Characterization of multistrata silvopastoral systems on seasonally dry pastures in the Caribbean Region of Colombia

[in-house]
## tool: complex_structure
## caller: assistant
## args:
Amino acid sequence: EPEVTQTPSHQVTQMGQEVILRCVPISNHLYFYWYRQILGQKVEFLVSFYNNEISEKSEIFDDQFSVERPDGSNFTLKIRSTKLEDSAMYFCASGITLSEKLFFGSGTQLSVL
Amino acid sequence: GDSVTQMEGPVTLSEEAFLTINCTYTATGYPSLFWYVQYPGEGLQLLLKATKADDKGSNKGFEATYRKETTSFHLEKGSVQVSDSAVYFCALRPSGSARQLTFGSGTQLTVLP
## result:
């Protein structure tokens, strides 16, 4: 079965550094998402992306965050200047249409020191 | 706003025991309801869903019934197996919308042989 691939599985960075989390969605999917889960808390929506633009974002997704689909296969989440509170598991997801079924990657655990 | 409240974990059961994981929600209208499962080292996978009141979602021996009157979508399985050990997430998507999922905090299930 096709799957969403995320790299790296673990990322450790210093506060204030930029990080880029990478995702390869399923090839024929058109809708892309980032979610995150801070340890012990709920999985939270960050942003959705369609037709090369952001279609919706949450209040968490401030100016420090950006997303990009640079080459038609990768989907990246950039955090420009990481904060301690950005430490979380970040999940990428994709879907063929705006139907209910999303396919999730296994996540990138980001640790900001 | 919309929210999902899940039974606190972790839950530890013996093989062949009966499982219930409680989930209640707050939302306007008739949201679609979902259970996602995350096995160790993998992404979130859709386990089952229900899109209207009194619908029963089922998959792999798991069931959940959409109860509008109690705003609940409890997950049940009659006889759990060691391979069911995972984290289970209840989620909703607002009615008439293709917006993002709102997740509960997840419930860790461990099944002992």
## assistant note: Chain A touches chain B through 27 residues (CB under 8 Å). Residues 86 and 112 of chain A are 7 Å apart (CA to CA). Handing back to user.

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Latin American pastures usually include trees that may be important in sustaining productivity and conserving resources and biodiversity. A participatory survey of trees in seasonally dry pastures of 54 farms in the Caribbean region of Colombia, followed by cluster and correlation analyses, revealed a multistrata configuration. Trees of large stature (e.g., Tabebuia rosea, Albizia caribaea and Sterculia apelata) provided shade and produced timber. The most important fodder trees were those of medium stature (Albizia saman, Guazuma ulmifolia, and Cassia grandis) that produced fruits or pods, while other species were managed as shrubs producing green leaf fodder (e.g., Crescentia cujete and Gliricidia sepium, which was also ubiquitous as living fence posts). Trees were present on between 26 and 69% of the pastures on each farm, at densities varying from less than 3 to more than 50 trees ha−1. There were more trees in drier areas, of lower fertility, with extensive grazing, where milk as well as meat was produced. Most farmers planted timber trees, encouraged regeneration of fodder trees, and knew about fodder species preferences of cattle and the effects of trees on pasture and animal productivity. Their knowledge of tree phenology was less certain and varied even amongst farmers in similar locations. There is scope to develop silvopastoral systems with woody species familiar to farmers, but it is critical to determine how important different vegetation strata are for sustainability of cattle production. An experiment has been established to achieve this, with treatments based on an analysis of how trees are presently used on farms in the region.
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